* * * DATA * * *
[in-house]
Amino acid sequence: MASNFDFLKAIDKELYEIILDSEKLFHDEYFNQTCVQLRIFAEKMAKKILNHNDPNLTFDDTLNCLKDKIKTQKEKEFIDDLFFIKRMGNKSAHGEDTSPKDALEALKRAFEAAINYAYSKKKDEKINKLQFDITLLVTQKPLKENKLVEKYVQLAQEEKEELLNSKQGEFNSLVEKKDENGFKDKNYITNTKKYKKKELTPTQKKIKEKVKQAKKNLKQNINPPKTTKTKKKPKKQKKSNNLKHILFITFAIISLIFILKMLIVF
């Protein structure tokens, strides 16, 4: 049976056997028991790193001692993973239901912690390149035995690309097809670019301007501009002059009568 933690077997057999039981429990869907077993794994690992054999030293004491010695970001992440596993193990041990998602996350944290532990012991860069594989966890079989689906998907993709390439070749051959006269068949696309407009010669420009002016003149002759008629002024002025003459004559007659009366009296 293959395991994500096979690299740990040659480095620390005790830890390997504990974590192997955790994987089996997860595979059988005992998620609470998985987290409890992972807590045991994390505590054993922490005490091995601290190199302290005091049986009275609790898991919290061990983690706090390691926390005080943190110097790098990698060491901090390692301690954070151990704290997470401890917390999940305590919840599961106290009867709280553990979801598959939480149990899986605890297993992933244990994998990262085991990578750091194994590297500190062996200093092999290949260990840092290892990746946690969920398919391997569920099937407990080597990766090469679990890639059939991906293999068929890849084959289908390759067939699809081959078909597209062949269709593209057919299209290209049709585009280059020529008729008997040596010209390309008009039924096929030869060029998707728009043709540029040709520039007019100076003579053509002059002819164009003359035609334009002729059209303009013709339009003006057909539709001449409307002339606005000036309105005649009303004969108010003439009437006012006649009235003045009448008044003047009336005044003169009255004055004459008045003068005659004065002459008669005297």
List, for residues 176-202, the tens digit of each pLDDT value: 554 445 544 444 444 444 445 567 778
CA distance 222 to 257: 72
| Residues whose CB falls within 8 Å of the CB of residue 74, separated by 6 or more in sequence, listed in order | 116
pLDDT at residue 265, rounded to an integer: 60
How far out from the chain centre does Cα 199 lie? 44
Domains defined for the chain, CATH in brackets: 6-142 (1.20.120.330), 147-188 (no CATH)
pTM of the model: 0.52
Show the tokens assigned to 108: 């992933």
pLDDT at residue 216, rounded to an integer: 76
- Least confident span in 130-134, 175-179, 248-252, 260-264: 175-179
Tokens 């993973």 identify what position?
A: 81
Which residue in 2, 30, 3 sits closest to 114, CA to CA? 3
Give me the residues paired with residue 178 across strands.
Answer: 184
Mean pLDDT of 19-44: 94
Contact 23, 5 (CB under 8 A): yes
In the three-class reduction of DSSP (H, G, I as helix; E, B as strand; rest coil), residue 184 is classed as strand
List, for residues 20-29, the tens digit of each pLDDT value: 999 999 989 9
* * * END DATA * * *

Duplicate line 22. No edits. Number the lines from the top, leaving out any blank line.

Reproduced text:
List, for residues 20-29, the tens digit of each pLDDT value: 999 999 989 9